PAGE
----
A few days ago I began playing some music after my daughter got up from nap. When I did this, it really struck me that playing music has an impact on the aura or feeling in my home.
In general, my home seems like a more pleasant, peaceful, and joy-filled place when we’re listening to music. I read up on the topic and learned that music can have a very positive impact in our homes!
Why listen to music around the house
- Music can reduce our stress levels. Many of us feel that listening to music can help us feel less stressed. It turns out that we’re not imagining this benefit! Researchers have found that listening to music can trigger measurable biochemical stress-reducing effects in some individuals (source). In fact, the effect of music on stress is similar to the effect of getting a massage (source). This means that simply listening to music can help us feel calm and cope with the chaos that sometimes occurs in our homes.
- Music can improve our moods. Whenever one family member is in a poor mood, it tends to rub off on other family members. Fortunately, we can use music to improve our moods (source). We can play calming music when a family member is anxious. We can play uplifting music when a family member feels down. We can play lively music when a family member lacks enthusiasm or feels discouraged.
- Music can help us move quickly when we complete our chores. We’ve discussed previously that many housekeeping activities constitute moderate-intensity physical activity. If you don’t believe me, check out this chart of 25 homemaking activities that burn 100 calories! Researchers have learned that people exercise harder when listening to fast music (source) and that music can boost physical performance and increase endurance (source). If music provides these benefits during intense physical activity, then it likely provides similar benefits during the moderately intense activities that we complete around the house (mopping, vacuuming, scrubbing bathtubs, etc.).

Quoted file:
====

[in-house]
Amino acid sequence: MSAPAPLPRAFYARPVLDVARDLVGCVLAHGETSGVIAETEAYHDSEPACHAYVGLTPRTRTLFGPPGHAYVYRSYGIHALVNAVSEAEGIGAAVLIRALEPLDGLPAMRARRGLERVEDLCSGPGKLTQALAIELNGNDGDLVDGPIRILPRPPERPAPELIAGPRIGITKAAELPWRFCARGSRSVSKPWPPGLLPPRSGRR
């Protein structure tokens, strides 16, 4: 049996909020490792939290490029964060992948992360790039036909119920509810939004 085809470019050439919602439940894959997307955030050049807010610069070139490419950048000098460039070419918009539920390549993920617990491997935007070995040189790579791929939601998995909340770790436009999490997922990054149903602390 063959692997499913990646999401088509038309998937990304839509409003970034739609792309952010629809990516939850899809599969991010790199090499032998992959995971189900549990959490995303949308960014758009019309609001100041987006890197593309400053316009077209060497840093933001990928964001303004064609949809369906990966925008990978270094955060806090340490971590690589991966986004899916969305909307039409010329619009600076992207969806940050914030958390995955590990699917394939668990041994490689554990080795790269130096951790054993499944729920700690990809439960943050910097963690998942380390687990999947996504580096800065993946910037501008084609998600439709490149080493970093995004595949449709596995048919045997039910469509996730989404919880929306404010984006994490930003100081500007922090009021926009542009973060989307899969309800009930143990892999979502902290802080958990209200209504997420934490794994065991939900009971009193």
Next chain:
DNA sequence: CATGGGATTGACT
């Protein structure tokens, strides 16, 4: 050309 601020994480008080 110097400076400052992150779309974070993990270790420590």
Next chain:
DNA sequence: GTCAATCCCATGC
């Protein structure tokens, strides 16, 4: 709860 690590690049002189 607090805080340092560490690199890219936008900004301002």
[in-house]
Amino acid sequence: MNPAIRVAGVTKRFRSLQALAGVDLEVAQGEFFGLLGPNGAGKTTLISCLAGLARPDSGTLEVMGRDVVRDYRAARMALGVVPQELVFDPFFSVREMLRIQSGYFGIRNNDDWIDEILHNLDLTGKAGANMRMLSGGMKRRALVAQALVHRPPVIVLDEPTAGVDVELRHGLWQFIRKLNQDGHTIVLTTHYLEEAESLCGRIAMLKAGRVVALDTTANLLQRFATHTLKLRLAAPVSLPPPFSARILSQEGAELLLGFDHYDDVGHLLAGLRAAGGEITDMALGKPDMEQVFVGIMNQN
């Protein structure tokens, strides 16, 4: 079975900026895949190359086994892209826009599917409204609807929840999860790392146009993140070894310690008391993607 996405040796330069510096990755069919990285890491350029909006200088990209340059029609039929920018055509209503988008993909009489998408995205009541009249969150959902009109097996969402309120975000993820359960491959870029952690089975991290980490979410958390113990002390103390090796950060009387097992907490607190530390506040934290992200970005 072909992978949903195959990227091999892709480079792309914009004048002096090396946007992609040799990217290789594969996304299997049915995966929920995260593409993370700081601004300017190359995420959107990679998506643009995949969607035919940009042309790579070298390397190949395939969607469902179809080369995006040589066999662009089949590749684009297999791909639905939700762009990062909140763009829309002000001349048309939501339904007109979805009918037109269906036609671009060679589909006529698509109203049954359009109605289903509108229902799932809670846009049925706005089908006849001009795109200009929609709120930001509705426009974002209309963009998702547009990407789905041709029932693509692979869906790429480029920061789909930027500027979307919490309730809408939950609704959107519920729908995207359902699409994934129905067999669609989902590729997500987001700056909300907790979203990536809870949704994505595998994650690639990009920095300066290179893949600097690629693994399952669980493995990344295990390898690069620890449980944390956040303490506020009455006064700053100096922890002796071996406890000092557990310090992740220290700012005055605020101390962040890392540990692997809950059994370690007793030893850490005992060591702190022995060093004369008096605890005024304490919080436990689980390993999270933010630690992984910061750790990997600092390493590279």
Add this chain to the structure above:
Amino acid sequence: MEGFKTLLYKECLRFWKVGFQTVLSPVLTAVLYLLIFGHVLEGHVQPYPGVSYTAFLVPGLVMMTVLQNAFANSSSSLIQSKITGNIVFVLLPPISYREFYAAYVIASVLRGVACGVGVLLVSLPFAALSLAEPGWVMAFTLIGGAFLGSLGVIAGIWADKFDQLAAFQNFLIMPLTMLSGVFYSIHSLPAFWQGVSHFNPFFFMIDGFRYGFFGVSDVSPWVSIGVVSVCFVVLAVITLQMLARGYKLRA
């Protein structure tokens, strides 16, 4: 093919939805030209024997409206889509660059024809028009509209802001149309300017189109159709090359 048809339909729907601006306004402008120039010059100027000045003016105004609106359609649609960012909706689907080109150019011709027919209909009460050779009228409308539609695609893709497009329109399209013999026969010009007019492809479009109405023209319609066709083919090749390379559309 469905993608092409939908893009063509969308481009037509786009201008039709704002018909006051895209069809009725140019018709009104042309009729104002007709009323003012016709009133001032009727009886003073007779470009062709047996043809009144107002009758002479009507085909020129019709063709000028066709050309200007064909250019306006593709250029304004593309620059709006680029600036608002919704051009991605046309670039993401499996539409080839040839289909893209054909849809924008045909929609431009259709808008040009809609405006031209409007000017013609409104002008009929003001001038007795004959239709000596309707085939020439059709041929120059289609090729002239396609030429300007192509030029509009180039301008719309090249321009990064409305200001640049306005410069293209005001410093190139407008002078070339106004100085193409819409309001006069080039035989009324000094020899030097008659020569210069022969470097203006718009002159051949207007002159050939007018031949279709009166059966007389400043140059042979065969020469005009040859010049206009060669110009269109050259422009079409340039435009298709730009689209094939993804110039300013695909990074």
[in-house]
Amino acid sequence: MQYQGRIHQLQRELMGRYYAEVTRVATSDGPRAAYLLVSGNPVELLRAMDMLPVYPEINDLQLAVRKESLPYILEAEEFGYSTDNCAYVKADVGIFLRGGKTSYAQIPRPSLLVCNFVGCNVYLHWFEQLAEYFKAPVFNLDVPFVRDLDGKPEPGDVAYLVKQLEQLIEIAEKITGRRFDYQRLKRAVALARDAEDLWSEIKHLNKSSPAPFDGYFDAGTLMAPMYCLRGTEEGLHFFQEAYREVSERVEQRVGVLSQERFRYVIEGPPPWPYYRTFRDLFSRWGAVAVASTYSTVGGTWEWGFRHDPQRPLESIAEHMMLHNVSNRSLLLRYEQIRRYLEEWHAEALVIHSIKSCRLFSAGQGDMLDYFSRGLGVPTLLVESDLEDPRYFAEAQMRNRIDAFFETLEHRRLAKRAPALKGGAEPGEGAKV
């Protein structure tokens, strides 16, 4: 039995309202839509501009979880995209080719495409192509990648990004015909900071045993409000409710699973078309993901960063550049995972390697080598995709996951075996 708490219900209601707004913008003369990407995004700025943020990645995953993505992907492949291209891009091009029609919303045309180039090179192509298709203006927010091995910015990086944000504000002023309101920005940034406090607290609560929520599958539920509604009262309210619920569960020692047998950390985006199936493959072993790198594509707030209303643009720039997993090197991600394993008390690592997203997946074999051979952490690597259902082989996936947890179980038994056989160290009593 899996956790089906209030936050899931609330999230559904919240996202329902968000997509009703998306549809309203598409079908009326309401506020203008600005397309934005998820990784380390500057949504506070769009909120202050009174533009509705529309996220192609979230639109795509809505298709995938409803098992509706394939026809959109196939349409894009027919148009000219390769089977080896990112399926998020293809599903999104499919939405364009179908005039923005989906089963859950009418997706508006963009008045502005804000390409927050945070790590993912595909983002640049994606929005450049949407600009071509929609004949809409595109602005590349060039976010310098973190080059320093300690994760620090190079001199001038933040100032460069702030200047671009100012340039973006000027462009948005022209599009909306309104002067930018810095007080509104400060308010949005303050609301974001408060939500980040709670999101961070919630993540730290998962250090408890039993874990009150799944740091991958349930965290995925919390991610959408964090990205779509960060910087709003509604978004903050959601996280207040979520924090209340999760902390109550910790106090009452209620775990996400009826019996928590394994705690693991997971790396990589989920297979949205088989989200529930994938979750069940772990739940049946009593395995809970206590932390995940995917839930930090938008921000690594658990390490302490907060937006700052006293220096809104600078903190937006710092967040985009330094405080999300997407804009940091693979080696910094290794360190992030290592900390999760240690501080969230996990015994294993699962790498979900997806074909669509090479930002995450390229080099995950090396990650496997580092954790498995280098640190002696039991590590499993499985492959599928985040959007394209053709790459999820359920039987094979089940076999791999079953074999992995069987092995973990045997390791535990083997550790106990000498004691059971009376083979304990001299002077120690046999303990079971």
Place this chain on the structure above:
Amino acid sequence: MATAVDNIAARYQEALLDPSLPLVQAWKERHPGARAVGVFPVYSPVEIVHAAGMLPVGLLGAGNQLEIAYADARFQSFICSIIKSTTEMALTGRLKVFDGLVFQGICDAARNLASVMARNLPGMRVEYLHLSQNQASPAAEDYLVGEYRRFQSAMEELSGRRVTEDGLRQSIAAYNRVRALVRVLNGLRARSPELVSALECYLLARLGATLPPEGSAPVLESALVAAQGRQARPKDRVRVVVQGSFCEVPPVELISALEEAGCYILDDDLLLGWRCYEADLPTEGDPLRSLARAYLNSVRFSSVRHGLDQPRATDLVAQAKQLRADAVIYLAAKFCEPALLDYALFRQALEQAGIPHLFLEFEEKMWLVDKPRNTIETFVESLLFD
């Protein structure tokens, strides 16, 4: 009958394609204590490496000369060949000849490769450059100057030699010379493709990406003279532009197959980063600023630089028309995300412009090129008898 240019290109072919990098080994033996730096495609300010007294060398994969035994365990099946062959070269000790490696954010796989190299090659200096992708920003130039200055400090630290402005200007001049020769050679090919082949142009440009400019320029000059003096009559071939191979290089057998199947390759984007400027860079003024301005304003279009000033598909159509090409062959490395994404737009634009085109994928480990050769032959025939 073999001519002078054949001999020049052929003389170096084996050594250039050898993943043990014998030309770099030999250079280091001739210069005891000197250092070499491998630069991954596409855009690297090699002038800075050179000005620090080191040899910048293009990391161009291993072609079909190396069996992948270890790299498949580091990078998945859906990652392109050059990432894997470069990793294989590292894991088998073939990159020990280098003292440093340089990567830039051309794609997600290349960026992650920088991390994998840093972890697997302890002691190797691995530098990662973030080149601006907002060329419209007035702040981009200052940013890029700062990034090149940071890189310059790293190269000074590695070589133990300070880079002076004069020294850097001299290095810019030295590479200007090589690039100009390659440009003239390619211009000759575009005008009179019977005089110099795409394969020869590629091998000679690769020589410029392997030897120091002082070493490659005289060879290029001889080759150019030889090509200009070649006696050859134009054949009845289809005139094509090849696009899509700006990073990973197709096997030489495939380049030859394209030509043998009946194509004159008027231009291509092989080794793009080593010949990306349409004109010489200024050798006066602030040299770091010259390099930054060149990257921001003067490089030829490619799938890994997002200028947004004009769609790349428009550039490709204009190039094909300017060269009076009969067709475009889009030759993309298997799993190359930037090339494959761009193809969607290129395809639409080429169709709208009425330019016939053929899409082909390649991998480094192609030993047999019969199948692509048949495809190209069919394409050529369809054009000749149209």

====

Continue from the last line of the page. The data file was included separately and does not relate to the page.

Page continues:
- Music can help our kids make sense of time. Young children may not understand the concept of minutes and hours, but they can understand that it is time for certain activities when these activities are tied to songs. For example, many parents sing or play recordings of songs to help their children clean up their toys (e.g., “Clean Up Song” from Barney, “Whistle While You Work” from Snow White). In my household, we help my toddler understand that it is time to wind down for sleep by singing her a particular hymn as we ready her for bed each night. Parents can also play songs to help their children brush their teeth or wash their hands for appropriate lengths of time and to help them transition between activities.
- Music can set our minds on things above. Perhaps even more important than any of the aforementioned benefits is the reality that music with lyrics about the Lord can help us set our “minds on things above, not on earthly things” (Colossians 3:2). When our minds are focused here, we are able to rid ourselves of ungodly things (anger, deceit, profanity, etc.) and clothe ourselves with compassion, kindness, humility, gentleness and patience (Colossians 3:8-9, 12).
While discussing all of these benefits, I’ve said very little about the types of music to which we should listen. As I just noted, there are benefits to listening to songs that point us to God. Thus, in my household, we almost always listen to Christian music (contemporary Christian songs, praise and worship, traditional hymns, etc.). On occasion my husband will play instrumental music or iconic songs from past eras.
While I don’t think we have to strictly limit ourselves to Christian music, I encourage you to carefully apply the words of Philippians 4:8 to your selections:
“Finally, brothers and sisters, whatever is true, whatever is noble, whatever is right, whatever is pure, whatever is lovely, whatever is admirable—if anything is excellent or praiseworthy—think about such things.”
If songs don’t meet the Philippians 4:8 criteria, then I don’t want them filling my home!
Do you listen to music in your home? Why or why not? If you do, then what impact does the music have on your household?